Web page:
From the September-October 2019 issue of News & Letters
Petersburg, Va.—The UNICOR corporation uses federal prisoners for labor, paying 23¢ to $1.15 per hour. Other federal prison jobs only pay 12¢ to 40¢ per hour.
UNICOR jobs are highly valued, especially by prisoners owing thousands to millions in restitution or with families to support. Veterans get preference.
I make 12¢ per hour 4.5 hours a week. That buys one medical visit or four stamps per month. Still, I do not envy UNICOR workers. They work rush job “death marches’’ 15.5 hours a day with unpaid lunch and dinner but no other breaks, several days in a row. Even workers over age 75 do this. I consider this slave labor by any reasonable or even sane standard.
The UNICOR here at Petersburg Low is a print shop. UNICOR is not supposed to compete with U.S. companies or provide them the competitive advantages of slave labor. To justify printing comics, they reportedly say companies such as BS Source Point Press are Japaese, not American.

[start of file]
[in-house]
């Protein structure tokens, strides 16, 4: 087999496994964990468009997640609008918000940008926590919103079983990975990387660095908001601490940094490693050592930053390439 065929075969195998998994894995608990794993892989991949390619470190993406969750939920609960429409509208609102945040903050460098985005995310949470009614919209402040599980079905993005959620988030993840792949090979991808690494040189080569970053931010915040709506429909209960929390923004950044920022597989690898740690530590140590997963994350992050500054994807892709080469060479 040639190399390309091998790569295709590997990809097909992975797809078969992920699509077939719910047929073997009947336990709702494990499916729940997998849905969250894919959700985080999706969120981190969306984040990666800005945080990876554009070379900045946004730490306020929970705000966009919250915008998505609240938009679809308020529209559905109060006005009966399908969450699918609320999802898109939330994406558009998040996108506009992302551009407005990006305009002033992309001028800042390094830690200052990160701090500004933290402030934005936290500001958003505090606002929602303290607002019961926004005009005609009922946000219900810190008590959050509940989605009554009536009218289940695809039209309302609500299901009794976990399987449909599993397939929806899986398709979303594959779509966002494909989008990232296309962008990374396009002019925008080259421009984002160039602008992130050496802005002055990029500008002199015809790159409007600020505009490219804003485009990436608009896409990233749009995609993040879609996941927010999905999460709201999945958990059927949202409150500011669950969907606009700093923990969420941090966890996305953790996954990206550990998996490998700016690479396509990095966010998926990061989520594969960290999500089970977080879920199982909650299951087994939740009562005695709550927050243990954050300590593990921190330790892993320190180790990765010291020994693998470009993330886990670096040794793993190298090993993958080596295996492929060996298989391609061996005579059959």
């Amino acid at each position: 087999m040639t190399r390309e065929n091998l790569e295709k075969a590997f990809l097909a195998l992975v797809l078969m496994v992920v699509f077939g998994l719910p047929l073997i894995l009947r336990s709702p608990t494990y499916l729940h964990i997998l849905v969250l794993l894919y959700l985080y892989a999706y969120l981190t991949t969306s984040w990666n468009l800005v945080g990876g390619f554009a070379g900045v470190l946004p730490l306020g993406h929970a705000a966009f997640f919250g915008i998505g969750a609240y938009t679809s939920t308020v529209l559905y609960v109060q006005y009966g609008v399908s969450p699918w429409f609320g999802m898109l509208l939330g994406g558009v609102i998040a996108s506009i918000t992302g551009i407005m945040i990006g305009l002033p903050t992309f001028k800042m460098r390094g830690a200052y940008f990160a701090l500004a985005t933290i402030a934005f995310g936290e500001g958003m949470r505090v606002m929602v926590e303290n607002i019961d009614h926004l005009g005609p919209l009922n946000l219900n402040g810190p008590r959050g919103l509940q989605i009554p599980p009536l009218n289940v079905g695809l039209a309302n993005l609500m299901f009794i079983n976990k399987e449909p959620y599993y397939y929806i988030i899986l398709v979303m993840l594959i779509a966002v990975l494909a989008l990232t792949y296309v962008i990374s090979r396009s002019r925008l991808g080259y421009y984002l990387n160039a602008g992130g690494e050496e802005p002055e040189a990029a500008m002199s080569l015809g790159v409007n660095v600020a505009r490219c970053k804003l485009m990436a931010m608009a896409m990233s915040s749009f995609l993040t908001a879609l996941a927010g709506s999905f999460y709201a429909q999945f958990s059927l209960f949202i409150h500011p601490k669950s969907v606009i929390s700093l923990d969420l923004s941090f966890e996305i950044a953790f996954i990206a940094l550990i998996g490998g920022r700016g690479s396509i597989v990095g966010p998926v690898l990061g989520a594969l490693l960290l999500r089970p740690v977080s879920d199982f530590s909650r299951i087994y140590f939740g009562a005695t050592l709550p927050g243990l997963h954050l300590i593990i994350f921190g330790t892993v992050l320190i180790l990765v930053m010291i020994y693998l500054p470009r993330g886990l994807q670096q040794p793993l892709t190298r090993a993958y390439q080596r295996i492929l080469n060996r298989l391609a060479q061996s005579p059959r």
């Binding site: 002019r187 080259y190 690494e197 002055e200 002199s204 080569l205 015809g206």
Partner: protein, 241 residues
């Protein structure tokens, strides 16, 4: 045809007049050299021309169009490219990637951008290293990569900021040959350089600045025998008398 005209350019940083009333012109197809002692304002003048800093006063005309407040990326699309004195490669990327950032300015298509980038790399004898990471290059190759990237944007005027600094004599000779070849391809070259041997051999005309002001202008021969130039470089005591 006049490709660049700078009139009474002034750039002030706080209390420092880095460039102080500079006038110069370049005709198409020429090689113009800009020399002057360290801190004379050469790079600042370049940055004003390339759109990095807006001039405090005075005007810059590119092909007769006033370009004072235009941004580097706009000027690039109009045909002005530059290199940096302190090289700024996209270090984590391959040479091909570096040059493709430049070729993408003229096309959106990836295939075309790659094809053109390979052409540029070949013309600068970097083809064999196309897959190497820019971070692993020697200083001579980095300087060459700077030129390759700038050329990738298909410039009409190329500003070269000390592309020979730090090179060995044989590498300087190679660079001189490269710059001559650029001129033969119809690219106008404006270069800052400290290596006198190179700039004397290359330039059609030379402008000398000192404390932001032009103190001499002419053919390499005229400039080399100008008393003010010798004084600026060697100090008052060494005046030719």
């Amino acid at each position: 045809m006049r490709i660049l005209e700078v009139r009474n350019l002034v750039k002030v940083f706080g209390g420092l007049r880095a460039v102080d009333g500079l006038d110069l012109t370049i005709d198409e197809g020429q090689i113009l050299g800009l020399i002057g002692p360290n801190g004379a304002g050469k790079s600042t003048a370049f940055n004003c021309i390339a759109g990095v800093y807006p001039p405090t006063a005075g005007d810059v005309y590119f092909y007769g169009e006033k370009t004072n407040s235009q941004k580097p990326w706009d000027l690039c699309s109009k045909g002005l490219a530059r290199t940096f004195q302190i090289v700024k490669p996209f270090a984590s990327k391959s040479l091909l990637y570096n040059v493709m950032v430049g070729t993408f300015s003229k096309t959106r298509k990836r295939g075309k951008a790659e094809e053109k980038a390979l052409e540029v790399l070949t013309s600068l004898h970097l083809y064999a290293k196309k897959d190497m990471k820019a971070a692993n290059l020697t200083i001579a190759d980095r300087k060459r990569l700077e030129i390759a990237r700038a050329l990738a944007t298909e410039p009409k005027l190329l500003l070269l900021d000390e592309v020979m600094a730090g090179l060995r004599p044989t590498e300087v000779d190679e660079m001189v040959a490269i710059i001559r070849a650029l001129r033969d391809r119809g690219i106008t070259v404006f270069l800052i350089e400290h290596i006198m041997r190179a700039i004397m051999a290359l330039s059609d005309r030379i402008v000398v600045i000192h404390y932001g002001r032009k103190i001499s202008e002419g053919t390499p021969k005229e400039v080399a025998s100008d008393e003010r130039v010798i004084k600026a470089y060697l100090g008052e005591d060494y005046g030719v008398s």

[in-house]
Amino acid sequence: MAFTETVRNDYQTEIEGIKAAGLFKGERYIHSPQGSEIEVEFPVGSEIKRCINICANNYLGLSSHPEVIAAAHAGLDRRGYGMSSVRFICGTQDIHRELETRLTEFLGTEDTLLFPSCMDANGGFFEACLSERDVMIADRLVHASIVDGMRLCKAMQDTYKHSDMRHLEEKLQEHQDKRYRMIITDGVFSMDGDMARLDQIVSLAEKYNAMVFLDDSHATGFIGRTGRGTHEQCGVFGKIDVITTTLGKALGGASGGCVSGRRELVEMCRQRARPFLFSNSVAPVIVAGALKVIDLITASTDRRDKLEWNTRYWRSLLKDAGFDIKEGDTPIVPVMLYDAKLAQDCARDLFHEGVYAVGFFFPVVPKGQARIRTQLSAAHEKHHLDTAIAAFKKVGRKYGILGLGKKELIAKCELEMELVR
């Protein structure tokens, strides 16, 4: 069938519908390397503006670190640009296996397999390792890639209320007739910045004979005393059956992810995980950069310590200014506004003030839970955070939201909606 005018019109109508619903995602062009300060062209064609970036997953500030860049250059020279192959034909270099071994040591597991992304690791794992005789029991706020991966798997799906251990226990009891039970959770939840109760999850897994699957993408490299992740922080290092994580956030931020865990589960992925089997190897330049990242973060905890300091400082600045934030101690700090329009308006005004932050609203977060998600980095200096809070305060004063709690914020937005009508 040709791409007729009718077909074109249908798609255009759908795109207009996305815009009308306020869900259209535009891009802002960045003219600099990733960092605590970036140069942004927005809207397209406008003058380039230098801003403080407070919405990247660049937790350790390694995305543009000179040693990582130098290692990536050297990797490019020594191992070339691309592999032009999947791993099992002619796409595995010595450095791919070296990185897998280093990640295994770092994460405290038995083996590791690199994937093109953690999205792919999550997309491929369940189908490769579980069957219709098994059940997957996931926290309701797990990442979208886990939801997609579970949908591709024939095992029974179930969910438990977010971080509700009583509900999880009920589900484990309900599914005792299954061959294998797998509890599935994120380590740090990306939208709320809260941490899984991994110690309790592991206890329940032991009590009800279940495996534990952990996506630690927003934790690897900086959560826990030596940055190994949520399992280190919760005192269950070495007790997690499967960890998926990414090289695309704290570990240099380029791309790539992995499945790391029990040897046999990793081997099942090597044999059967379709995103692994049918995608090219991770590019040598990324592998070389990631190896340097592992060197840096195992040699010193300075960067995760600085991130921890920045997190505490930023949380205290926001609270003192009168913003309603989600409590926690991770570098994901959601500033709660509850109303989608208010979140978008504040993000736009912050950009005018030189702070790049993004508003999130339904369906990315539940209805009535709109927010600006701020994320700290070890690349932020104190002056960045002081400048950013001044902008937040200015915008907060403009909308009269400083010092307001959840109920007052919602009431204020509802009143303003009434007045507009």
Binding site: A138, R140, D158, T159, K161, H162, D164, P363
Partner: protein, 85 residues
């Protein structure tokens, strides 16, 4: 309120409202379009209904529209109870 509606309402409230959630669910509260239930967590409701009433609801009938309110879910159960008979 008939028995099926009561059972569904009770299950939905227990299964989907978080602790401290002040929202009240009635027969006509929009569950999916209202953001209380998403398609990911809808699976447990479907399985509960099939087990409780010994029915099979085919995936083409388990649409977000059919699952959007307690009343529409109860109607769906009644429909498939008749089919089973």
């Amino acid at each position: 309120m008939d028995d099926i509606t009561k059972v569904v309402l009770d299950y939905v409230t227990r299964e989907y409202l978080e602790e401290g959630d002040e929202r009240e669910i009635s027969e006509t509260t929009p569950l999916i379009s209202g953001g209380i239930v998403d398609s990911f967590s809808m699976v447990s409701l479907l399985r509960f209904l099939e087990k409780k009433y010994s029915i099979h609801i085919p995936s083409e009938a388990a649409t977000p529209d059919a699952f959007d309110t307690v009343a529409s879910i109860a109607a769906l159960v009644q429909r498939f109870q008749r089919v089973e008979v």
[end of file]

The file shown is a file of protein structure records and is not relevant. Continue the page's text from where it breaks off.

Yet the books are clearly for American markets. The art uses American styles. The language is colloquial American English.
Federal overreach and draconian sentencing with vague and overbroad laws ensure a reliable supply of slave labor. Antiquated machines nowhere near OSHA safety standards further reduce costs.
Nevertheless, the printing is excellent and affordable. So, I am sure, were cotton products in the antebellum South, for much the same reasons. Slave labor is definitely mainstream!
At the bottom it says, “Printed in the USA by KrakenPrint.” There is no mention of UNICOR or prison labor. Do customers think they are supporting independent comics, or do they know they support slave labor? Do they care? Does slave labor make comics more collectible?
One thought on “UNICOR slave labor”
Once again, thank you for publishing a bit of my article. Also the Estee Lauder follow-up; I missed that one in the print edition in prison.
I’m nominally out of prison. Technically, I’m still under custody in a halfway house. Then I’ll be under supervised release for the rest of my life, because that’s what judges do normally just because they feel like it. But I get essentially unlimited computer access at NC Works.
Go ahead and write me, if you dare.